The CHEATS Act is a giveaway for China, which already controls 26% of U.S. pork sales (after America’s biggest global rival acquired Smithfield Foods thanks to a $5 billion loan to the Bank of China’s Wuhan Group). China could bring its 25-story pork factory skyscrapers to America if key state laws are overturned by Congress. The CHEATS Act is an attempt to undermine state elections, coming just months after a conservative US Supreme Court upheld Prop 12 and similar laws as a proper and constitutional exercise of state authority.

There have been three House letters opposing the measure, with 200 lawmakers, including 26 Republicans, declaring their opposition to the CHEATS Act and its derivatives: a bipartisan letter with 171 House signatories in August 2023, a Republican letter with 16 signatories of the House in October 2023 and a Republican letter with ten signatories from the House of Representatives in March 2024.

Policies against animal fighting, greyhound racing and horse slaughter are ignored by the chairman of the Agriculture Committee

Animal welfare advocates are also disappointed that many animal welfare policies were left out of the bill and would have been an obvious choice to include in the legislation.

The most bipartisan animal welfare bill of the 118th Congress, the FIGHT Act (HR 2742), would strengthen enforcement of laws in every state and territory against the barbaric, criminal enterprise of cock and dog fighting and provide protection against dangerous avian diseases that plague America’s poultry to threaten. industries. This bill is under the committee’s jurisdiction and contains an explicit USDA jurisdiction element. With nearly 120 bipartisan cosponsors and more than 550 statements of support from stakeholders in law enforcement, commercial poultry, gaming, and animal welfare, the FIGHT Act deserves inclusion in the Farm Bill.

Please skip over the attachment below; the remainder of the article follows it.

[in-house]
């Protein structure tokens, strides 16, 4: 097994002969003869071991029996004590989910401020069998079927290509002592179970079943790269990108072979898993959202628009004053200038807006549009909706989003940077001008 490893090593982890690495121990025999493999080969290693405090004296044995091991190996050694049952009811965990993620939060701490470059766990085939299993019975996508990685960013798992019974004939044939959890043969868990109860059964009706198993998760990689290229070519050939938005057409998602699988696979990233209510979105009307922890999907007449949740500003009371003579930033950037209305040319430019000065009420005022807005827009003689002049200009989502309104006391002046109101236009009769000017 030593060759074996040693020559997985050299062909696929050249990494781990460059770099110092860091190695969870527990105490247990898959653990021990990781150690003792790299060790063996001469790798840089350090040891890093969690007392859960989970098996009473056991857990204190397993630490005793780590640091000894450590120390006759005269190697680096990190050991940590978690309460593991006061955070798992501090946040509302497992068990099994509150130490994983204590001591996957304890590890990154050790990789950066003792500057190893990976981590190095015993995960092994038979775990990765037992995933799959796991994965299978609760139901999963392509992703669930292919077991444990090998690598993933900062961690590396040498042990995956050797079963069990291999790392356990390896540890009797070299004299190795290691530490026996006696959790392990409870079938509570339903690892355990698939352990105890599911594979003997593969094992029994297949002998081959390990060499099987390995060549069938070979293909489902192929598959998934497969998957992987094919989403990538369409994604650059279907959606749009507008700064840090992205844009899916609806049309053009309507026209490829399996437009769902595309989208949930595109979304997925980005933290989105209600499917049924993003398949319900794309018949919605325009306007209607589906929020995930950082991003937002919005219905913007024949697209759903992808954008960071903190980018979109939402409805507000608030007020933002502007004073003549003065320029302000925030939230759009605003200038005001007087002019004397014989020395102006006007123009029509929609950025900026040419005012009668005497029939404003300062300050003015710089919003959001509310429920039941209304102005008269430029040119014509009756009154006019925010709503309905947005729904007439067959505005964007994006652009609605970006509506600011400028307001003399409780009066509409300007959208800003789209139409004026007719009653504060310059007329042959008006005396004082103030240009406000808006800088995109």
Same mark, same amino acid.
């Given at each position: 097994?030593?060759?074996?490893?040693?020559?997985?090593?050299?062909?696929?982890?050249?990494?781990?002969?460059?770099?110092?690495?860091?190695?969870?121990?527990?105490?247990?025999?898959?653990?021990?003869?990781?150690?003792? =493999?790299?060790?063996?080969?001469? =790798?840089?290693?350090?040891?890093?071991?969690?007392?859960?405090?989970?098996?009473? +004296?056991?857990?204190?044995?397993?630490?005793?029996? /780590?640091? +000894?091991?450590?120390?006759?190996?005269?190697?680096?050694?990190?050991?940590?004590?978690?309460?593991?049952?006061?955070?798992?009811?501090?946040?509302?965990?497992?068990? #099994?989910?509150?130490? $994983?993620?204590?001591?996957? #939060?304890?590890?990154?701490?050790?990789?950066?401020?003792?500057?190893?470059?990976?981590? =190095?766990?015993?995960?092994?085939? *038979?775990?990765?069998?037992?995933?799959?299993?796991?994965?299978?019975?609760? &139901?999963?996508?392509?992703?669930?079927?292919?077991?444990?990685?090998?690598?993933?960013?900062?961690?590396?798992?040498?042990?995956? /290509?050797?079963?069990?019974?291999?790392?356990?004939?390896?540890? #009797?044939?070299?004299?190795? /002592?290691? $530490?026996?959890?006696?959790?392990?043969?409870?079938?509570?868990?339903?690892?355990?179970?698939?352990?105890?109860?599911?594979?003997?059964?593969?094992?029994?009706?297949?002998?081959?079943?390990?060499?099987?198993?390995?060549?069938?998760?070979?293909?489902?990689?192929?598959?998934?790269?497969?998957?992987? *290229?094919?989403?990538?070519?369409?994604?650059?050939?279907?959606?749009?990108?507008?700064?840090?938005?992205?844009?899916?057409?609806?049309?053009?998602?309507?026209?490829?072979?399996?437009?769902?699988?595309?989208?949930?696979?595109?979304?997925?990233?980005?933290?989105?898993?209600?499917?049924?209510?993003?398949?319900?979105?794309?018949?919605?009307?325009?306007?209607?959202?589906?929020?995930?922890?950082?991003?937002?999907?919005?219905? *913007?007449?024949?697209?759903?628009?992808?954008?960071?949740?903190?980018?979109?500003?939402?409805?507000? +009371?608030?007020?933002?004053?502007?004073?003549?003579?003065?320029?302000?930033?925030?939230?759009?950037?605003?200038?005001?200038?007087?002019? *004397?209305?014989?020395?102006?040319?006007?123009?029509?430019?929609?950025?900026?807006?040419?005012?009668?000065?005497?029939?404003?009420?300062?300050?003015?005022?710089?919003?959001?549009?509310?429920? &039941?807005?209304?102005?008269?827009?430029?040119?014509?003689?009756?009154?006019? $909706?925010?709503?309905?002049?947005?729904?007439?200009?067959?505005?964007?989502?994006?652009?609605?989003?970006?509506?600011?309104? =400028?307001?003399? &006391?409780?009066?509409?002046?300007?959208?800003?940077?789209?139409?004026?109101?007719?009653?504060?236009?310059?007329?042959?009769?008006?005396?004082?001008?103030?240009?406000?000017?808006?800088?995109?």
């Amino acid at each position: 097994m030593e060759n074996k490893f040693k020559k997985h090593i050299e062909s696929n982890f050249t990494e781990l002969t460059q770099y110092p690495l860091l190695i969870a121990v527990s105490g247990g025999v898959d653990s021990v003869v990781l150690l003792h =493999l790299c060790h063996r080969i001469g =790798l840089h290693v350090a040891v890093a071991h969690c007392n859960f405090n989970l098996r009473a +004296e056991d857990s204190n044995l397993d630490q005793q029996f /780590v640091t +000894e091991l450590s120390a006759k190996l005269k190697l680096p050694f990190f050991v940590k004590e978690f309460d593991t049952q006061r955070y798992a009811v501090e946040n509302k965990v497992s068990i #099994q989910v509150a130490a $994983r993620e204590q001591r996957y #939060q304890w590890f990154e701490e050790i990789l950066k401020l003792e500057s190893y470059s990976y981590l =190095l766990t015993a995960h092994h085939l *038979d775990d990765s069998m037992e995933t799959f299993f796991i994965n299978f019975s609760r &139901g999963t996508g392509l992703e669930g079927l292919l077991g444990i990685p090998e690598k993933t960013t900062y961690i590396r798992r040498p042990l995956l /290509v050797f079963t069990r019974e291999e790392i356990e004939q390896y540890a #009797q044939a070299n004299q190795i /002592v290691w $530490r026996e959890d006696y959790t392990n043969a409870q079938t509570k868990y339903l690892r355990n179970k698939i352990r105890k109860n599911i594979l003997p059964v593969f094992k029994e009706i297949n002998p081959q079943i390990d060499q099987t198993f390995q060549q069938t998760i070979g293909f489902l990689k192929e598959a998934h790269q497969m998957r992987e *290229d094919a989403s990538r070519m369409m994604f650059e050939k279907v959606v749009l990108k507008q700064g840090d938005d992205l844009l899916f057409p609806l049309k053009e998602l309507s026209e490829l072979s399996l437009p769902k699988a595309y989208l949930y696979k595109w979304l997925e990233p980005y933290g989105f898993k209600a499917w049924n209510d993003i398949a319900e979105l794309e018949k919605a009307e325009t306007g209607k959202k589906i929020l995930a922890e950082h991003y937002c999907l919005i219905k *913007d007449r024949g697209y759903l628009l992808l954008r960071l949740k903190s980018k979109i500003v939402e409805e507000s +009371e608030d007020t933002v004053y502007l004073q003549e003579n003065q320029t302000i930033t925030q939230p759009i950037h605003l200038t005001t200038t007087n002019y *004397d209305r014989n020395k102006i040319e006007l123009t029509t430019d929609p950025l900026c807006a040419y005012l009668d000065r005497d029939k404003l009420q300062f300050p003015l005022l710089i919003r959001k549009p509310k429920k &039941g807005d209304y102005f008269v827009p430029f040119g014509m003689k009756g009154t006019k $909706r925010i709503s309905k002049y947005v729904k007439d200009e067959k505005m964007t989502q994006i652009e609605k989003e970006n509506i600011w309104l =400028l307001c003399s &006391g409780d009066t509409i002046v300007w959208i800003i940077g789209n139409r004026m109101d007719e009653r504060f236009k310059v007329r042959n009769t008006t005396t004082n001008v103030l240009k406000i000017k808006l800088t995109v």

Also left out was the Greyhound Protection Act (HR 3894), a bipartisan measure to end gambling on live and simulcast greyhound racing, which was also supposed to be included in the bill. Even the company that owns the only two remaining greyhound tracks in the United States is not opposed to this legislation.

Another policy the groups said deserved inclusion was the SAFE Act (HR 3475), which would ban the slaughter of horses and other equines for human consumption. This bill codifies a long-standing U.S. ban on horse slaughter, enforced through a funding cap that has been implemented annually for more than fifteen years. The committee should have taken the opportunity to codify a federal policy to eliminate a small, disreputable business. An anti-slaughter amendment passed the House without dissent in the 117th Congress, but ultimately did not become law.


Animal welfare campaign is a Washington, DC-based 501(c)(4) whose mission is to help animals by advancing federal, state and local laws and regulations that prohibit cruelty to all animals. The group also works to enforce existing anti-cruelty and conservation laws. Animal Wellness Action believes that helping animals helps us all. X: @AWAction_News

The Center for a Human Economy is a Washington, DC-based 501(c)(3) whose mission is to help animals by helping forge a more humane economic order. The first organization of its kind in the animal protection movement, the Center encourages companies to meet their social responsibilities in a culture where consumers, investors and other key stakeholders abhor cruelty and environmental degradation and embrace innovation as a means to combat both. to eliminate. . The Center believes that helping animals helps us all. X: @HetHumaneCenter